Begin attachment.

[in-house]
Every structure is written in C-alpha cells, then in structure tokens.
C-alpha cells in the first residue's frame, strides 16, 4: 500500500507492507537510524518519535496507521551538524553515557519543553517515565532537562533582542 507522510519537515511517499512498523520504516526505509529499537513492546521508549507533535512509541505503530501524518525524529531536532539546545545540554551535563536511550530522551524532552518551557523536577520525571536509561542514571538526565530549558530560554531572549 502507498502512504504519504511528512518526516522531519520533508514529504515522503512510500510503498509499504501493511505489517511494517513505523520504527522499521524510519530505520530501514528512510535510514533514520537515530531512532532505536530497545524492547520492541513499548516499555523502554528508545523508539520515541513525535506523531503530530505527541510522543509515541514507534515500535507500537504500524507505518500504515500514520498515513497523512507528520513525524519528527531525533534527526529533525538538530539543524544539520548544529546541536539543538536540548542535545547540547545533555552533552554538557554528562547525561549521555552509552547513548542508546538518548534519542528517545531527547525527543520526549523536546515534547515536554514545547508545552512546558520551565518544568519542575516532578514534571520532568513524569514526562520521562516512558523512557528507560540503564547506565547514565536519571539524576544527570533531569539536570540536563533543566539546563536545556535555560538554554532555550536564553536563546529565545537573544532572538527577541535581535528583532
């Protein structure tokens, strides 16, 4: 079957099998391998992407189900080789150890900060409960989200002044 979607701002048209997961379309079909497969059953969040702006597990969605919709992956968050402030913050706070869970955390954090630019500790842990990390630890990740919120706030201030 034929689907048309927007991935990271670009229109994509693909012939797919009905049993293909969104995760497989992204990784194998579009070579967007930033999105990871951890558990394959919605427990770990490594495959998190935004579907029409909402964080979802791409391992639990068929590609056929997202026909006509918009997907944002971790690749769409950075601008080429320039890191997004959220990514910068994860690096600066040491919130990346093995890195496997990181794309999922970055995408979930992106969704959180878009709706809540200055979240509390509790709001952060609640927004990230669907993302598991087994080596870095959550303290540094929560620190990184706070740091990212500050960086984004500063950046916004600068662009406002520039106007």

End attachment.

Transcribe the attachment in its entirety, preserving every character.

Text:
[in-house]
Every structure is written in C-alpha cells, then in structure tokens.
C-alpha cells in the first residue's frame, strides 16, 4: 500500500507492507537510524518519535496507521551538524553515557519543553517515565532537562533582542 507522510519537515511517499512498523520504516526505509529499537513492546521508549507533535512509541505503530501524518525524529531536532539546545545540554551535563536511550530522551524532552518551557523536577520525571536509561542514571538526565530549558530560554531572549 502507498502512504504519504511528512518526516522531519520533508514529504515522503512510500510503498509499504501493511505489517511494517513505523520504527522499521524510519530505520530501514528512510535510514533514520537515530531512532532505536530497545524492547520492541513499548516499555523502554528508545523508539520515541513525535506523531503530530505527541510522543509515541514507534515500535507500537504500524507505518500504515500514520498515513497523512507528520513525524519528527531525533534527526529533525538538530539543524544539520548544529546541536539543538536540548542535545547540547545533555552533552554538557554528562547525561549521555552509552547513548542508546538518548534519542528517545531527547525527543520526549523536546515534547515536554514545547508545552512546558520551565518544568519542575516532578514534571520532568513524569514526562520521562516512558523512557528507560540503564547506565547514565536519571539524576544527570533531569539536570540536563533543566539546563536545556535555560538554554532555550536564553536563546529565545537573544532572538527577541535581535528583532
């Protein structure tokens, strides 16, 4: 079957099998391998992407189900080789150890900060409960989200002044 979607701002048209997961379309079909497969059953969040702006597990969605919709992956968050402030913050706070869970955390954090630019500790842990990390630890990740919120706030201030 034929689907048309927007991935990271670009229109994509693909012939797919009905049993293909969104995760497989992204990784194998579009070579967007930033999105990871951890558990394959919605427990770990490594495959998190935004579907029409909402964080979802791409391992639990068929590609056929997202026909006509918009997907944002971790690749769409950075601008080429320039890191997004959220990514910068994860690096600066040491919130990346093995890195496997990181794309999922970055995408979930992106969704959180878009709706809540200055979240509390509790709001952060609640927004990230669907993302598991087994080596870095959550303290540094929560620190990184706070740091990212500050960086984004500063950046916004600068662009406002520039106007």